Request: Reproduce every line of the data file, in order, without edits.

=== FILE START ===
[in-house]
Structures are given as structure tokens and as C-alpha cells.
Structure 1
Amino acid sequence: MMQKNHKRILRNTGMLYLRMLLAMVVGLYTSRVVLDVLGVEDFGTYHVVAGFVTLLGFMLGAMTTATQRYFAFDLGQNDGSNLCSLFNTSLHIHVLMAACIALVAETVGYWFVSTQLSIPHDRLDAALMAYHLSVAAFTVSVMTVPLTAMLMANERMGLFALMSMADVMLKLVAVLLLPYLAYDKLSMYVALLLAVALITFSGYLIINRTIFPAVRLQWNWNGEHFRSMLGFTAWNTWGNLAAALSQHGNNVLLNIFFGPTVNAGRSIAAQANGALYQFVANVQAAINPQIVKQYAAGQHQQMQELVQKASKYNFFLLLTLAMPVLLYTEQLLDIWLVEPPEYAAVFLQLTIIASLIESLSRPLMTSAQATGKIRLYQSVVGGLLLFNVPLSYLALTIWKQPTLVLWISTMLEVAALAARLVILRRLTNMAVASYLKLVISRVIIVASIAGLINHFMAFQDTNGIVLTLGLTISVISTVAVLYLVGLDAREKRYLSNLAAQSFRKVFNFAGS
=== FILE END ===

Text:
[in-house]
Structures are given as structure tokens and as C-alpha cells.
Structure 1
Amino acid sequence: MMQKNHKRILRNTGMLYLRMLLAMVVGLYTSRVVLDVLGVEDFGTYHVVAGFVTLLGFMLGAMTTATQRYFAFDLGQNDGSNLCSLFNTSLHIHVLMAACIALVAETVGYWFVSTQLSIPHDRLDAALMAYHLSVAAFTVSVMTVPLTAMLMANERMGLFALMSMADVMLKLVAVLLLPYLAYDKLSMYVALLLAVALITFSGYLIINRTIFPAVRLQWNWNGEHFRSMLGFTAWNTWGNLAAALSQHGNNVLLNIFFGPTVNAGRSIAAQANGALYQFVANVQAAINPQIVKQYAAGQHQQMQELVQKASKYNFFLLLTLAMPVLLYTEQLLDIWLVEPPEYAAVFLQLTIIASLIESLSRPLMTSAQATGKIRLYQSVVGGLLLFNVPLSYLALTIWKQPTLVLWISTMLEVAALAARLVILRRLTNMAVASYLKLVISRVIIVASIAGLINHFMAFQDTNGIVLTLGLTISVISTVAVLYLVGLDAREKRYLSNLAAQSFRKVFNFAGS